Back near the base, life for young girls in Qalat almost appears progressive compared to life in Shajoy. A girl's school offers education to more than 1,500 girls from grades 1 through 12.
As the Americans, weapons in hand, march through the streets en route to the school, a male American soldier quietly says that visiting the girls' school is the favorite part of his job.
"Whenever we walk past the boys' school, they look like they are fooling around," he said. "But the girls want to learn."
Inside the school gates, his assessment feels right. The excited voices of young girls carry from the classrooms where they crowd around teachers asking questions, taking notes and smiling with their veils falling loosely around their heads.
The school is run by Mehmooda Maki Wal, a principal and teacher for 27 years. She said the school received threats from the Taliban, but she must educate the girls.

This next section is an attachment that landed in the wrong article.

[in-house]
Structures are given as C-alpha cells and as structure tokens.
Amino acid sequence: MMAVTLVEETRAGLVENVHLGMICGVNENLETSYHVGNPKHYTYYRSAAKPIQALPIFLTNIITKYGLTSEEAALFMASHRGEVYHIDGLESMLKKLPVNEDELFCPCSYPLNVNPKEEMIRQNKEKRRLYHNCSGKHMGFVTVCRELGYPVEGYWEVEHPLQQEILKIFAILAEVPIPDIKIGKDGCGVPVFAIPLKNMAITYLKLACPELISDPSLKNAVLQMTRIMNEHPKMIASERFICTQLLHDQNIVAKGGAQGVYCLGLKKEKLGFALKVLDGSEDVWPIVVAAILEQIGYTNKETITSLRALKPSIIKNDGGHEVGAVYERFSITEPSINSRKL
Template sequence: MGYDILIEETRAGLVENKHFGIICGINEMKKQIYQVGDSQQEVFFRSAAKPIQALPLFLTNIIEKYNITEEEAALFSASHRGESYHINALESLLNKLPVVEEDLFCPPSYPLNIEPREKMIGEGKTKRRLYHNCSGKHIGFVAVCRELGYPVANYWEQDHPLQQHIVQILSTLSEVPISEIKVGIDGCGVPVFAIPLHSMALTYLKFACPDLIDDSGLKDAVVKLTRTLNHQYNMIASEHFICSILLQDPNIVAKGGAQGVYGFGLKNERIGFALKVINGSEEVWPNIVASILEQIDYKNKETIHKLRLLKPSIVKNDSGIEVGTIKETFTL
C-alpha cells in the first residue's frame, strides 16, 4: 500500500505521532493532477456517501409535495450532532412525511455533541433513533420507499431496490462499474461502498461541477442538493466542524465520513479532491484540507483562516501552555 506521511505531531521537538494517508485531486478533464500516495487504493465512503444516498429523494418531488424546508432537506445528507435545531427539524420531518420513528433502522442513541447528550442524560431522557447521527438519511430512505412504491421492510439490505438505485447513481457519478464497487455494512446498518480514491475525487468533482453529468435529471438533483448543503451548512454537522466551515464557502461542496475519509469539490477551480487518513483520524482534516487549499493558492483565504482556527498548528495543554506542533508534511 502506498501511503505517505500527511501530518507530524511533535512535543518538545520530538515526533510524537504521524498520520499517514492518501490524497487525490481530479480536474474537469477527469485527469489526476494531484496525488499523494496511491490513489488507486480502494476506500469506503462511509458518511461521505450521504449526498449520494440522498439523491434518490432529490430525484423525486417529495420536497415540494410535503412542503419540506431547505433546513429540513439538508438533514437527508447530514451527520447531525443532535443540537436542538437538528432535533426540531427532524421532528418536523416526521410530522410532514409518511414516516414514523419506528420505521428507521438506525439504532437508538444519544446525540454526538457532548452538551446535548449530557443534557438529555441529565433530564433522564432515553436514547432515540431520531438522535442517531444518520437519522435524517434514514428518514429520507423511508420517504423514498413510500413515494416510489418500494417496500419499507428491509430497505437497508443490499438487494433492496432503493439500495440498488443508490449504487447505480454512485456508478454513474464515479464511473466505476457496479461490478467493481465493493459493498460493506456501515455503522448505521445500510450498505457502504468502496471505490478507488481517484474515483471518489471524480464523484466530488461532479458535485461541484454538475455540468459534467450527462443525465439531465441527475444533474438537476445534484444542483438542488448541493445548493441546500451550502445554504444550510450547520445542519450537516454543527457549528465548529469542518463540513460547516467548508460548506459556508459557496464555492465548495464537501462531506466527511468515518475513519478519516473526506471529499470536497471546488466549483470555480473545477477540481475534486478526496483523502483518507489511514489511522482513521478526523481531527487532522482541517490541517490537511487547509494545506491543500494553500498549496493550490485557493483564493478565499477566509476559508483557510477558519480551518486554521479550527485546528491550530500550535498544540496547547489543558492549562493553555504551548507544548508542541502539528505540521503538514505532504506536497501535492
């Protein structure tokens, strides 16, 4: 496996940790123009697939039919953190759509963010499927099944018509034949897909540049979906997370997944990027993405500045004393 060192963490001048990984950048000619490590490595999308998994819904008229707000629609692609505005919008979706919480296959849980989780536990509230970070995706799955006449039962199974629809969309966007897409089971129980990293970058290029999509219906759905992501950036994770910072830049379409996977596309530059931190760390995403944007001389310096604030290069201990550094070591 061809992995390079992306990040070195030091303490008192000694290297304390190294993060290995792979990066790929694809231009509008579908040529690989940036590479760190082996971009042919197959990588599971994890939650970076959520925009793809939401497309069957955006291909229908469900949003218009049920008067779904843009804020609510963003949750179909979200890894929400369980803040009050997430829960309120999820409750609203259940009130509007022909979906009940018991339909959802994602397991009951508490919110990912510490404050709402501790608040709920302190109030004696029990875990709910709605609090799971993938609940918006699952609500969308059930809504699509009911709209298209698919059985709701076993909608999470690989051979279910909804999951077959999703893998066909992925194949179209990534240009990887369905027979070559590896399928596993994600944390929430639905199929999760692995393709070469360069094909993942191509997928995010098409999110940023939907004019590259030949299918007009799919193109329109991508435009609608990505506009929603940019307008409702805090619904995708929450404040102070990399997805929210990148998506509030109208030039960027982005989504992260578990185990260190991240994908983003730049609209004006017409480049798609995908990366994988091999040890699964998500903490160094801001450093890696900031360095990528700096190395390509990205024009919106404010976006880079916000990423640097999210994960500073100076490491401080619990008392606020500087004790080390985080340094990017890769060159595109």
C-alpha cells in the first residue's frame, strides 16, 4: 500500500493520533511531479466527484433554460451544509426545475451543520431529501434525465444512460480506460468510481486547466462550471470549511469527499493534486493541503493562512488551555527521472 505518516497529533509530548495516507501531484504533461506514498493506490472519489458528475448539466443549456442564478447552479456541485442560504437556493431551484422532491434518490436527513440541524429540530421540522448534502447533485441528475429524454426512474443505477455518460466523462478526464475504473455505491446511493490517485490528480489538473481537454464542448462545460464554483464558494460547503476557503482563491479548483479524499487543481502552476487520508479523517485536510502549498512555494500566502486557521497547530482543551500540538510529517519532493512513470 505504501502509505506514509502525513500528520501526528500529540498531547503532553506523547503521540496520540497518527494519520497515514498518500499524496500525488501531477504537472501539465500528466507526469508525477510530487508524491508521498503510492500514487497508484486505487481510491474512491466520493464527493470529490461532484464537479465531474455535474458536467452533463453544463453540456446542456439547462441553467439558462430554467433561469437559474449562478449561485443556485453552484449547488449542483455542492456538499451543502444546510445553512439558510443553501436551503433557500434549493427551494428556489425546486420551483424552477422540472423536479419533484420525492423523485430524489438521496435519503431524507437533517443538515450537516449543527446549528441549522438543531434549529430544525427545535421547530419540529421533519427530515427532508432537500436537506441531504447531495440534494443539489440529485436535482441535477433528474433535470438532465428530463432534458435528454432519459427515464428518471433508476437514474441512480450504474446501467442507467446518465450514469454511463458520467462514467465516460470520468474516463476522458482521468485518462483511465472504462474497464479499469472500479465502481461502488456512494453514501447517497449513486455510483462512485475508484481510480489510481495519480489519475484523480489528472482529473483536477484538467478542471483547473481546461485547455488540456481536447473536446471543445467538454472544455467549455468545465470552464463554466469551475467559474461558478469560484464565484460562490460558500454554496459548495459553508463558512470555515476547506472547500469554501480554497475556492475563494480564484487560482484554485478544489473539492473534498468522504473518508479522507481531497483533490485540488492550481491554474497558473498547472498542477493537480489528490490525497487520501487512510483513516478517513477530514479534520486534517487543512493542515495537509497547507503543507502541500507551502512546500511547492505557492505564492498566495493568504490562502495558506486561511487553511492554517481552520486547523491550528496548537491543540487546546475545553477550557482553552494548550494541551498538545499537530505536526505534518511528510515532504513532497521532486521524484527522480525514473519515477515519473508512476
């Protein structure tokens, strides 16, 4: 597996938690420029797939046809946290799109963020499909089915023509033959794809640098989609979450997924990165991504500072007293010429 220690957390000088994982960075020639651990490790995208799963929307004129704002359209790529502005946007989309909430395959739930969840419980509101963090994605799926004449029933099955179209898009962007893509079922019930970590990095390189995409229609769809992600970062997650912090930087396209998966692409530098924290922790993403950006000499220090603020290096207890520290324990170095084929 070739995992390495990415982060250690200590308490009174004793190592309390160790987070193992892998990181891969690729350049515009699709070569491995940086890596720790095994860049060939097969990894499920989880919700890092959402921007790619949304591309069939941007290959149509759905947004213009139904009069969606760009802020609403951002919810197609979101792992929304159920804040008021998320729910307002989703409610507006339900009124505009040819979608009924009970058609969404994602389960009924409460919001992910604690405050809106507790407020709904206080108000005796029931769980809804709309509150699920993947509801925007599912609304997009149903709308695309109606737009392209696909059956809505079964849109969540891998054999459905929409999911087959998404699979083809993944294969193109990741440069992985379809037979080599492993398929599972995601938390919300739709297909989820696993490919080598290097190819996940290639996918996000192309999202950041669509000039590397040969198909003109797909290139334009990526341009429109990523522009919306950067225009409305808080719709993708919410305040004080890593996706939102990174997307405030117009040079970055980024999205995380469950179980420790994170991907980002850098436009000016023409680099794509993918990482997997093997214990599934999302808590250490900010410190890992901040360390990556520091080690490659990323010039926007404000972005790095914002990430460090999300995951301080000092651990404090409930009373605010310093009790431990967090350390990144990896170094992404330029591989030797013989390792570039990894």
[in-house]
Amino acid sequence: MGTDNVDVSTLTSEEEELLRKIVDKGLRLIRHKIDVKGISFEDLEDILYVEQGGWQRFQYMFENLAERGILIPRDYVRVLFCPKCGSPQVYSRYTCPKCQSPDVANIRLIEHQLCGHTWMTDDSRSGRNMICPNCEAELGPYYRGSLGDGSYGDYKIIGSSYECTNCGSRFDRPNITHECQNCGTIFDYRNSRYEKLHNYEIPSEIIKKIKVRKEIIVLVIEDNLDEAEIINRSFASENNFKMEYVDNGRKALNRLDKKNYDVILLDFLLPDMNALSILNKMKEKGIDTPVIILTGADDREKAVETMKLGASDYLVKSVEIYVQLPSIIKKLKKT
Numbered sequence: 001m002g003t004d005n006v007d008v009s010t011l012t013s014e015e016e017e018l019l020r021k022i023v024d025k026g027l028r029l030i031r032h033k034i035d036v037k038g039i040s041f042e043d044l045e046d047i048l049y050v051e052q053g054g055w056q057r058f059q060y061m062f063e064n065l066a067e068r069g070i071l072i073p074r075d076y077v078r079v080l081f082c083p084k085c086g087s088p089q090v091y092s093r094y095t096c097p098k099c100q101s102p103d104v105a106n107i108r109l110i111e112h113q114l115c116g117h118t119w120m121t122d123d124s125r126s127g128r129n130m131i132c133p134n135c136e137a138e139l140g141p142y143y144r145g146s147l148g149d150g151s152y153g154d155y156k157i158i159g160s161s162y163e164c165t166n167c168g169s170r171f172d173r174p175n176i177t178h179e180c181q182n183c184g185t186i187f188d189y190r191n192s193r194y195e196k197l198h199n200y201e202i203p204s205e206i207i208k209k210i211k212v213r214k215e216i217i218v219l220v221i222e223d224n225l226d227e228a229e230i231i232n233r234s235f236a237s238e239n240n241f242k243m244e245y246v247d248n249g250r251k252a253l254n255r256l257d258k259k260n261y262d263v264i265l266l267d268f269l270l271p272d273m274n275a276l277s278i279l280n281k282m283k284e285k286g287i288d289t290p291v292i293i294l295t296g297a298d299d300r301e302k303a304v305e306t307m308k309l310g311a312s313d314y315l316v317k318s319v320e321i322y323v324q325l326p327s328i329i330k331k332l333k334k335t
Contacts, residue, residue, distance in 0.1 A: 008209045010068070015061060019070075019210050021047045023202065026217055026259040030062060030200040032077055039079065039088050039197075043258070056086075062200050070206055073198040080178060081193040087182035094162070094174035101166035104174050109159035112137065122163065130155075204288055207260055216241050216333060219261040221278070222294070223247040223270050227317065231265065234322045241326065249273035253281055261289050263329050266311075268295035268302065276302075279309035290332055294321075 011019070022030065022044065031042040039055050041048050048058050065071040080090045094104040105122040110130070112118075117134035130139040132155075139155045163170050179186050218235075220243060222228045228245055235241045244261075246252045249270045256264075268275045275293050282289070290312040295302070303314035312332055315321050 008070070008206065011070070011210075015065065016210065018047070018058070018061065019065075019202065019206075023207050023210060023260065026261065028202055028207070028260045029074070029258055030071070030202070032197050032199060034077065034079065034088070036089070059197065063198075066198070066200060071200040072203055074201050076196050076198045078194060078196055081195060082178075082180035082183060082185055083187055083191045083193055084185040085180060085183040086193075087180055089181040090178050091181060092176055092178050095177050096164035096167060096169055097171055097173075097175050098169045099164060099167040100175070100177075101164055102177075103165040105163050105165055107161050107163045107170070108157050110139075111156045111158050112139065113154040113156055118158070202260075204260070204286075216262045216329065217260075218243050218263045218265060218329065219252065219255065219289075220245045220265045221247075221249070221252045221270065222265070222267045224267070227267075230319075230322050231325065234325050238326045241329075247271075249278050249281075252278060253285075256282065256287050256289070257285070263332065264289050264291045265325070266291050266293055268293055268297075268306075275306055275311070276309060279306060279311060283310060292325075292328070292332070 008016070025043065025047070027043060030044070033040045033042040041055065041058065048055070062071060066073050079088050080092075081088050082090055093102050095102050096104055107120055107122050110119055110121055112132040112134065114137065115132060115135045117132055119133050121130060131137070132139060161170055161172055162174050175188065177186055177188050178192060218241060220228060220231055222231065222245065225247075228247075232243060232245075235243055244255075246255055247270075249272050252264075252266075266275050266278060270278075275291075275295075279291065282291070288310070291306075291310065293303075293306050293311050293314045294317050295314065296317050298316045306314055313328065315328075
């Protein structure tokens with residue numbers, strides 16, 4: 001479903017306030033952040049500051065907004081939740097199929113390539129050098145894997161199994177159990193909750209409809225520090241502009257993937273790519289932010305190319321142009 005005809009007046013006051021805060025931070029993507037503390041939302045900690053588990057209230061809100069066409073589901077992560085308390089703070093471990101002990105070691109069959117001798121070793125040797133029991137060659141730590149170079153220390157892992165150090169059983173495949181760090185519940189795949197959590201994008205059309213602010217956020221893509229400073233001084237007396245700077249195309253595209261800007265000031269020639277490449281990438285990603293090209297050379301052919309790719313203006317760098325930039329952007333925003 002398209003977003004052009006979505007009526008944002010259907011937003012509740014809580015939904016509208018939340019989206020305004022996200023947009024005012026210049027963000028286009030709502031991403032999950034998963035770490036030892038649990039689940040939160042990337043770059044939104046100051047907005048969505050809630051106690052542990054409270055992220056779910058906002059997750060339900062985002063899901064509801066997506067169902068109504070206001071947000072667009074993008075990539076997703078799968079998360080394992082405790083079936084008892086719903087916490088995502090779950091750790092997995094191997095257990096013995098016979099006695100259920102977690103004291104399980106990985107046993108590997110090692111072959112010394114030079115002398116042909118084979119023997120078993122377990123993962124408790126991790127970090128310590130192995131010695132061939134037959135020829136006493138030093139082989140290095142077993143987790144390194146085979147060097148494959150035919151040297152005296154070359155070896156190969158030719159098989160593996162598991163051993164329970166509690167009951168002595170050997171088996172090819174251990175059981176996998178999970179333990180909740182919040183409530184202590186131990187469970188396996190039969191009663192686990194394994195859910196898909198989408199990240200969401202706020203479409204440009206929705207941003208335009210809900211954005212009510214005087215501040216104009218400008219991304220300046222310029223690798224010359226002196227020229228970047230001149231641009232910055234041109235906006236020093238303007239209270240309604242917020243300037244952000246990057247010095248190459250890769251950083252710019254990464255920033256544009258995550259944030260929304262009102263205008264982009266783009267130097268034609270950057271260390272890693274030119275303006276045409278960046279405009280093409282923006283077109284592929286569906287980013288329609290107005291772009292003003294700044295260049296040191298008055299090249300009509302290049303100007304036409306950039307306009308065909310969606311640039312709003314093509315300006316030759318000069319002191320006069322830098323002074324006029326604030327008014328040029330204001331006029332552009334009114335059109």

"When we were having the inauguration for this school one of the teachers was threatened by Taliban," Wal said through an interpreter. "They told her 'If you go to this school, you will really pay for this if you go and educate the girls.' But we fought this and we said we don't care even if you threaten us we will still make sure that we go and we educate our girls."
So the girls continue to attend classes and their parents continue to encourage them to go.
"The women have such little opportunities here, if they just get anything, even if it's just to go to fifth grade, they're just excited to get something because something is better than nothing," explained Saelens. "It's baby steps here so if we can just make things better in Qalat and then move gradually to other districts and be kind of like a role model district for the other ones then hopefully it will move to other districts."